Law & Economics Workshop with Prof. Daniel Chen: British Application of the Death Penalty during World War I
During World War I, the British military condemned over 3,000 soldiers to death, but only executed 12% of them; the others received commuted sentences. Many historians believe that the military command confirmed or commuted sentences for reasons unrelated to the circumstances of a particular case and that the application of the death penalty was essentially a random 'pitiless lottery.'
Using a dataset on all capital cases during World War I, Chen statistically investigates this claim and finds that the data is consistent with an essentially random process. Using this result, Chen exploits variations in commutations and executions within military units to identify the deterrent effect of executions, with deterrence measured by the elapsed time within a unit between the resolution of a death sentence (i.e. a commutation or execution) and subsequent absences within that unit. Absences are measured via handwritten trial recordsand 'wanted' lists prepared by British military police units searching for deserters and preserved in war diaries and police gazettes. Chen finds some limited evidence that executing deserters deterred absences, while executing Irish soldiers, regardless of the crime, spurred absences, particularly Irish absences. Chen presents a model where perceived legitimacy of authority affects why people obey the law.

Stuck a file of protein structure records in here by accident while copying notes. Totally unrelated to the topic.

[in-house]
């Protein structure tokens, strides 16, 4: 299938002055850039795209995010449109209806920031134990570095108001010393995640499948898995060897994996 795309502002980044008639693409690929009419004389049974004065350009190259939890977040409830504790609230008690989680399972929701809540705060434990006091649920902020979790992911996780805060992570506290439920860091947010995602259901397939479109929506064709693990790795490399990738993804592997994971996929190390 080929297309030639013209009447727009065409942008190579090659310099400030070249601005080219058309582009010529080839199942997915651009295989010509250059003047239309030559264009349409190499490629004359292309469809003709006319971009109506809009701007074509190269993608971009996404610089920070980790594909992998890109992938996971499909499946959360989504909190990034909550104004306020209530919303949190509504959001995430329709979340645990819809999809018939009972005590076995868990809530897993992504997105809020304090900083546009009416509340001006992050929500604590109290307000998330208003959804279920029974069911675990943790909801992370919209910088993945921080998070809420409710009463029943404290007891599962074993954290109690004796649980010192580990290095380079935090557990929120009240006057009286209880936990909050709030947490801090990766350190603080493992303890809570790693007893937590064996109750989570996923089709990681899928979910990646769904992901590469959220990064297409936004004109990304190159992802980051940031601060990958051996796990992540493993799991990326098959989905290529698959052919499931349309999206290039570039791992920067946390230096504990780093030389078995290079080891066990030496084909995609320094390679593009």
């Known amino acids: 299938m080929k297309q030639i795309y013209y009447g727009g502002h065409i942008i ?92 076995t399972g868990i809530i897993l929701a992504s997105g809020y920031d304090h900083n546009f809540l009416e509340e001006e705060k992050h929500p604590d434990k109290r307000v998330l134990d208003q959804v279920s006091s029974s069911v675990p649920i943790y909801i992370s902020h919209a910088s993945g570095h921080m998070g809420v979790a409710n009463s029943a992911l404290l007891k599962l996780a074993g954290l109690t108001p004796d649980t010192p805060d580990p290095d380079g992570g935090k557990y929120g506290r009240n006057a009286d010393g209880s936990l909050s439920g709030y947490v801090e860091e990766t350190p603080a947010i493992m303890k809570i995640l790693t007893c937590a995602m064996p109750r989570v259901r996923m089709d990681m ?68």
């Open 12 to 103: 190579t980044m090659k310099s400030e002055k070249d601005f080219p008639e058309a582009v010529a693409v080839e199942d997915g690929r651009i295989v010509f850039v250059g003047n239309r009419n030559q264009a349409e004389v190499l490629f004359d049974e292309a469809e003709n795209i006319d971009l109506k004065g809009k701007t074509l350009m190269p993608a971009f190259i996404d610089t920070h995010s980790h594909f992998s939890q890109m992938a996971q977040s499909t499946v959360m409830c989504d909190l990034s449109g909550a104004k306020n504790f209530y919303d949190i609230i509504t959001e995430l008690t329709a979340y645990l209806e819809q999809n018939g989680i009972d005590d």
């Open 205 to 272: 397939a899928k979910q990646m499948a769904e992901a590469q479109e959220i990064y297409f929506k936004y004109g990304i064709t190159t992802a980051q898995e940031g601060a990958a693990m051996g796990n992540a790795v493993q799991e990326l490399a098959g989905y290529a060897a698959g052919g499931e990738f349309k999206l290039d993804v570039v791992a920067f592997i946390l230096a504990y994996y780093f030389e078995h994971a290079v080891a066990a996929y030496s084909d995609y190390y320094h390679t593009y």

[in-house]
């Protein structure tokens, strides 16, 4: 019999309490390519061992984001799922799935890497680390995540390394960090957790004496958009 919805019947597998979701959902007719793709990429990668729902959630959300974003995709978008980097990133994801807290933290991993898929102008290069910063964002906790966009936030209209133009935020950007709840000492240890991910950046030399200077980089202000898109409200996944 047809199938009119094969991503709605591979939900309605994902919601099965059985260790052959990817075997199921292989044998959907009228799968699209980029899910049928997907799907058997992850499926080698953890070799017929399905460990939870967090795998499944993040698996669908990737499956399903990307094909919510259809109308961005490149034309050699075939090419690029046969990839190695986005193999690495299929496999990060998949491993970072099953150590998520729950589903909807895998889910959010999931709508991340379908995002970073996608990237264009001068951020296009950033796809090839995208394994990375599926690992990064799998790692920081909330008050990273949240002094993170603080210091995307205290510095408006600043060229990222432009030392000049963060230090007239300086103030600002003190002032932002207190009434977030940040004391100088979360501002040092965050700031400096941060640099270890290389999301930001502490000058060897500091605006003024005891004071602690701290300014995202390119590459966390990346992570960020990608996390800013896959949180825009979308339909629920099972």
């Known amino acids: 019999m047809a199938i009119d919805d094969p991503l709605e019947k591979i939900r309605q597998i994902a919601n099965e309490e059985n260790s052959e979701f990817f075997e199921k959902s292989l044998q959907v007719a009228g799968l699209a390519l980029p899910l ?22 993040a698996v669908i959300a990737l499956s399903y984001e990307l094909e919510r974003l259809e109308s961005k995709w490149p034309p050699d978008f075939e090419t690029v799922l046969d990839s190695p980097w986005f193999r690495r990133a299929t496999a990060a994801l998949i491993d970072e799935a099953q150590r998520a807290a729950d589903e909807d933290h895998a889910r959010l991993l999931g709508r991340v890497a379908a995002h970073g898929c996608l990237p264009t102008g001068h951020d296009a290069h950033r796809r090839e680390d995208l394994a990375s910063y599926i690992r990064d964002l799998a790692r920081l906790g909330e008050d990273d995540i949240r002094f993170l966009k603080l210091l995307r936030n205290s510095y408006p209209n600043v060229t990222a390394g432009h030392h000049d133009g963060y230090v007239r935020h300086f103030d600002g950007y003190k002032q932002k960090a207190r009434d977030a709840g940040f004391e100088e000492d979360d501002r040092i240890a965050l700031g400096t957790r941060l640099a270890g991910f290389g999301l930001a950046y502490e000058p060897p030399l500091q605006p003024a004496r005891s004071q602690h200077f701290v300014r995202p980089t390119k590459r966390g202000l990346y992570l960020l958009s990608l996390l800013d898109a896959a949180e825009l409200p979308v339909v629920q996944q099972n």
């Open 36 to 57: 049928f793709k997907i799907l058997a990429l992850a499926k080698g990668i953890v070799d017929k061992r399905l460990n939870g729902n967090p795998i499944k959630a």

About the speaker:
Daniel Chen is a professor at the Institute for Advanced Study in Toulouse / Toulouse School of Economics, Senior Research Associate/Fellow at LWP at Harvard Law School, and Project Advisor at NYU Courant Institute of Mathematical Sciences Center for Data Science. He was previously Chair of Law and Economics and co-founder of the Center of Law and Economics at ETH Zurich, Assistant Professor of Law, Economics, and Public Policy at Duke University, and Kauffman Fellow at the University of Chicago Law School.
He received an ERC Consolidator Grant for researchers 8–14 years from PhD for “Origins and Effects of Normative Commitments”. He has lines of research on law and legitimacy, how market forces interact with moral beliefs, behavioral influences on judicial decision-making, and measuring the consequences of law via the random assignment of judges. He has papers published in Econometrica, Journal of Political Economy, Quarterly Journal of Economics, American Economic Review, RAND Journal of Economics, and several law reviews. He maintains an interest in methodology through high-dimensional statistical approaches for causal inference and through the development of oTree---an open source platform for online, lab, and field experiments.
He received his BA and MS in applied math and economics from Harvard College (1999, summa cum laude) and his JD (2009) from Harvard Law School. He earned his PhD in economics from MIT (2004).